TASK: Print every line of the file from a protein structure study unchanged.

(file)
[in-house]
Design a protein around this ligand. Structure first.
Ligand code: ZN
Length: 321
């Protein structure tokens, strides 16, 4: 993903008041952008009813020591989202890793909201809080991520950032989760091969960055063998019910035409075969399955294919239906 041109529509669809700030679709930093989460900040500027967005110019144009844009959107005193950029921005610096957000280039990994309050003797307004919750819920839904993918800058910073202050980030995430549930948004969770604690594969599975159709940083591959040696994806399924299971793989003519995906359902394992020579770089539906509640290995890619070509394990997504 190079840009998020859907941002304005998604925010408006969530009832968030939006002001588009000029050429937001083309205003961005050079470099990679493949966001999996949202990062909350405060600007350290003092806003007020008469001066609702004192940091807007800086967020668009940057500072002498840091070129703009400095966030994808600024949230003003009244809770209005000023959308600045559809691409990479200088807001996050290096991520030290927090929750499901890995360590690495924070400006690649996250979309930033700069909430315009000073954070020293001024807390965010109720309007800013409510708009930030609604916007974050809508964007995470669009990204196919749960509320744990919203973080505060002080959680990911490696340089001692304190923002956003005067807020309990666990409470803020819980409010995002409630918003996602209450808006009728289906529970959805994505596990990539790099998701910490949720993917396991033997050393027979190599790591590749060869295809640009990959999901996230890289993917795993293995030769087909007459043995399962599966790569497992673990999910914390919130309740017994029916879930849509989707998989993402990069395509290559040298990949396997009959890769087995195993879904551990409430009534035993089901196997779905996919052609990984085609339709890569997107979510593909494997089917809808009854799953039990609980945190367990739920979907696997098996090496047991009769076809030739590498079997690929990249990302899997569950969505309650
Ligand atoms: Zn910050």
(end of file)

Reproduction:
[in-house]
Design a protein around this ligand. Structure first.
Ligand code: ZN
Length: 321
């Protein structure tokens, strides 16, 4: 993903008041952008009813020591989202890793909201809080991520950032989760091969960055063998019910035409075969399955294919239906 041109529509669809700030679709930093989460900040500027967005110019144009844009959107005193950029921005610096957000280039990994309050003797307004919750819920839904993918800058910073202050980030995430549930948004969770604690594969599975159709940083591959040696994806399924299971793989003519995906359902394992020579770089539906509640290995890619070509394990997504 190079840009998020859907941002304005998604925010408006969530009832968030939006002001588009000029050429937001083309205003961005050079470099990679493949966001999996949202990062909350405060600007350290003092806003007020008469001066609702004192940091807007800086967020668009940057500072002498840091070129703009400095966030994808600024949230003003009244809770209005000023959308600045559809691409990479200088807001996050290096991520030290927090929750499901890995360590690495924070400006690649996250979309930033700069909430315009000073954070020293001024807390965010109720309007800013409510708009930030609604916007974050809508964007995470669009990204196919749960509320744990919203973080505060002080959680990911490696340089001692304190923002956003005067807020309990666990409470803020819980409010995002409630918003996602209450808006009728289906529970959805994505596990990539790099998701910490949720993917396991033997050393027979190599790591590749060869295809640009990959999901996230890289993917795993293995030769087909007459043995399962599966790569497992673990999910914390919130309740017994029916879930849509989707998989993402990069395509290559040298990949396997009959890769087995195993879904551990409430009534035993089901196997779905996919052609990984085609339709890569997107979510593909494997089917809808009854799953039990609980945190367990739920979907696997098996090496047991009769076809030739590498079997690929990249990302899997569950969505309650
Ligand atoms: Zn910050």